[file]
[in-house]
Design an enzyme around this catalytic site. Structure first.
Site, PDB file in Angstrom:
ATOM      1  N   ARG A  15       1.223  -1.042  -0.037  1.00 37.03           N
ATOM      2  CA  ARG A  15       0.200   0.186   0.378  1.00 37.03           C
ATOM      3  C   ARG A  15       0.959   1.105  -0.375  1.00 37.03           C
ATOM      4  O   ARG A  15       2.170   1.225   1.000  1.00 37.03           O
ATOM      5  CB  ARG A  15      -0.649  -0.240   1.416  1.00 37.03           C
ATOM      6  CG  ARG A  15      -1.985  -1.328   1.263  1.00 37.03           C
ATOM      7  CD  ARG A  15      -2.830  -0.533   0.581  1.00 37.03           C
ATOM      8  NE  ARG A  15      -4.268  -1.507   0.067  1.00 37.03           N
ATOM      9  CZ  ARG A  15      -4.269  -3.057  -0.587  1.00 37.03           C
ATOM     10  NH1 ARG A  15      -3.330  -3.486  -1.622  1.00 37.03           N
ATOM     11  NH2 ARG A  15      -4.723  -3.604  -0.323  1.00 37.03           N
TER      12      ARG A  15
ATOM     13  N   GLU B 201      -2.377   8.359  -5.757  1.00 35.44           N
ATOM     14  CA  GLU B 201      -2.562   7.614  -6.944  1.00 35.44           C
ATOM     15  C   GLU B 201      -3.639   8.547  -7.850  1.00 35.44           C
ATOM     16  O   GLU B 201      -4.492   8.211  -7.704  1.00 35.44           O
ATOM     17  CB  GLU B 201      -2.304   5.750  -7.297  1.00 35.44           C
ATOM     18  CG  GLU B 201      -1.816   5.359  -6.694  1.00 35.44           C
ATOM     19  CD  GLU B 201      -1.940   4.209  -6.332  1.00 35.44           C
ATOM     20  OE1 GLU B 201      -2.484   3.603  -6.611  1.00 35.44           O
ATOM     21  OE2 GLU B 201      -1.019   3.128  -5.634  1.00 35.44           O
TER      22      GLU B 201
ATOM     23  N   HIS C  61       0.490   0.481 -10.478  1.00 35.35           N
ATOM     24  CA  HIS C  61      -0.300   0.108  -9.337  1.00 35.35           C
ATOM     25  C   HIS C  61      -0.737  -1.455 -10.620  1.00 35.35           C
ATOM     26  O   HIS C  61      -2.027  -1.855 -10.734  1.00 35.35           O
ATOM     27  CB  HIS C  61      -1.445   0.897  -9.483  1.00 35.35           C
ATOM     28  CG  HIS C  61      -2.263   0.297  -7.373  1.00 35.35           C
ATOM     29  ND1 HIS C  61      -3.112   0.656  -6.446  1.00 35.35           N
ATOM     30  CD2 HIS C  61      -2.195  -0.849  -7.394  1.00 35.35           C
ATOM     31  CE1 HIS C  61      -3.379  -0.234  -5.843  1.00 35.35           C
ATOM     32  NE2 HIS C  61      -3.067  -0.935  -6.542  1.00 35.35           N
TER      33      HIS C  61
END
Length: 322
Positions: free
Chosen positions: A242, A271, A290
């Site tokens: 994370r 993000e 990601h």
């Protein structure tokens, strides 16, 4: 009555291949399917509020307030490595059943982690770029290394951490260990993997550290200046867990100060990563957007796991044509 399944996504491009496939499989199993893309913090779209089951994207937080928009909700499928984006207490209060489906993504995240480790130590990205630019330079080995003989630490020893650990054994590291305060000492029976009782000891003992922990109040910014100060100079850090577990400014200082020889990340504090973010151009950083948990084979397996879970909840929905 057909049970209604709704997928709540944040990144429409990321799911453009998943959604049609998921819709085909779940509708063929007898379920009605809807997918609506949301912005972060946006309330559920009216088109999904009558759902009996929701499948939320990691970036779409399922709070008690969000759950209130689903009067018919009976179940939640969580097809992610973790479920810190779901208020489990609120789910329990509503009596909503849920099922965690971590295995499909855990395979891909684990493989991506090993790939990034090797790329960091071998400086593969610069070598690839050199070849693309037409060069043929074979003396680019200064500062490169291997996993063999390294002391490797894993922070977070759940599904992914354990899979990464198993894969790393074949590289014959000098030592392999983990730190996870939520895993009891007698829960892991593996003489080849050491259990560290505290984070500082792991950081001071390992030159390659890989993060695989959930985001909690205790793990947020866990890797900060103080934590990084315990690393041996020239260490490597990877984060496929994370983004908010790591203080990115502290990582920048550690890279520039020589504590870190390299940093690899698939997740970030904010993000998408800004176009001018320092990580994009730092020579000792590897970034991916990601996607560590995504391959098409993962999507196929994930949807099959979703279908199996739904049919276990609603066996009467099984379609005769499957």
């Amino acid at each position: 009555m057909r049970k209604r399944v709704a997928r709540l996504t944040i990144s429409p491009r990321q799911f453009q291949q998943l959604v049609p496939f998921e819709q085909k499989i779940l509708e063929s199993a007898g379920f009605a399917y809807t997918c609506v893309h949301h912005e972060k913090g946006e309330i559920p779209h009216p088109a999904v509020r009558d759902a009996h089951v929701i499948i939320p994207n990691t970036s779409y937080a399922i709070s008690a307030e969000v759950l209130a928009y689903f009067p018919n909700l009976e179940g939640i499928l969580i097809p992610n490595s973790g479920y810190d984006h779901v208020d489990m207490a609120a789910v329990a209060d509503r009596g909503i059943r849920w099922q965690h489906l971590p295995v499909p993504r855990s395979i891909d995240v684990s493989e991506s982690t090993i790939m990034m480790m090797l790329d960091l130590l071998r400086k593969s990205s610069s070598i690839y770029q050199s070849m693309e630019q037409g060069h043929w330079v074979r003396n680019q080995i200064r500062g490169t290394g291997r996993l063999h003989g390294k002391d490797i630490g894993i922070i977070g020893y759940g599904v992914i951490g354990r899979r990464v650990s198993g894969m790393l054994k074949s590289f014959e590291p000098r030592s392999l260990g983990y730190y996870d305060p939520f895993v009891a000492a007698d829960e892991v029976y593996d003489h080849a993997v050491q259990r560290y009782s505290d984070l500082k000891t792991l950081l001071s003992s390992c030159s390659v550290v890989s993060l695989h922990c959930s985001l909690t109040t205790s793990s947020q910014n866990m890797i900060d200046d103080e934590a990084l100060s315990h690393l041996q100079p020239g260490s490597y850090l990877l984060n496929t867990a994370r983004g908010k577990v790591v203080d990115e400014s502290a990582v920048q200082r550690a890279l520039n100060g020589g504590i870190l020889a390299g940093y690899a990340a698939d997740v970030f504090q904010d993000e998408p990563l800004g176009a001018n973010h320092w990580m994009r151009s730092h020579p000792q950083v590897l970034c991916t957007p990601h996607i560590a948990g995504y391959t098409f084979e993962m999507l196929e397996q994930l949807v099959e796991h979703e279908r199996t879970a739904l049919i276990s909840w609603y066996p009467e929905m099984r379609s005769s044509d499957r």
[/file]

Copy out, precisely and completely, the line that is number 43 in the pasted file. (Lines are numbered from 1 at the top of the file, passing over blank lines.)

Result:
């Amino acid at each position: 009555m057909r049970k209604r399944v709704a997928r709540l996504t944040i990144s429409p491009r990321q799911f453009q291949q998943l959604v049609p496939f998921e819709q085909k499989i779940l509708e063929s199993a007898g379920f009605a399917y809807t997918c609506v893309h949301h912005e972060k913090g946006e309330i559920p779209h009216p088109a999904v509020r009558d759902a009996h089951v929701i499948i939320p994207n990691t970036s779409y937080a399922i709070s008690a307030e969000v759950l209130a928009y689903f009067p018919n909700l009976e179940g939640i499928l969580i097809p992610n490595s973790g479920y810190d984006h779901v208020d489990m207490a609120a789910v329990a209060d509503r009596g909503i059943r849920w099922q965690h489906l971590p295995v499909p993504r855990s395979i891909d995240v684990s493989e991506s982690t090993i790939m990034m480790m090797l790329d960091l130590l071998r400086k593969s990205s610069s070598i690839y770029q050199s070849m693309e630019q037409g060069h043929w330079v074979r003396n680019q080995i200064r500062g490169t290394g291997r996993l063999h003989g390294k002391d490797i630490g894993i922070i977070g020893y759940g599904v992914i951490g354990r899979r990464v650990s198993g894969m790393l054994k074949s590289f014959e590291p000098r030592s392999l260990g983990y730190y996870d305060p939520f895993v009891a000492a007698d829960e892991v029976y593996d003489h080849a993997v050491q259990r560290y009782s505290d984070l500082k000891t792991l950081l001071s003992s390992c030159s390659v550290v890989s993060l695989h922990c959930s985001l909690t109040t205790s793990s947020q910014n866990m890797i900060d200046d103080e934590a990084l100060s315990h690393l041996q100079p020239g260490s490597y850090l990877l984060n496929t867990a994370r983004g908010k577990v790591v203080d990115e400014s502290a990582v920048q200082r550690a890279l520039n100060g020589g504590i870190l020889a390299g940093y690899a990340a698939d997740v970030f504090q904010d993000e998408p990563l800004g176009a001018n973010h320092w990580m994009r151009s730092h020579p000792q950083v590897l970034c991916t957007p990601h996607i560590a948990g995504y391959t098409f084979e993962m999507l196929e397996q994930l949807v099959e796991h979703e279908r199996t879970a739904l049919i276990s909840w609603y066996p009467e929905m099984r379609s005769s044509d499957r």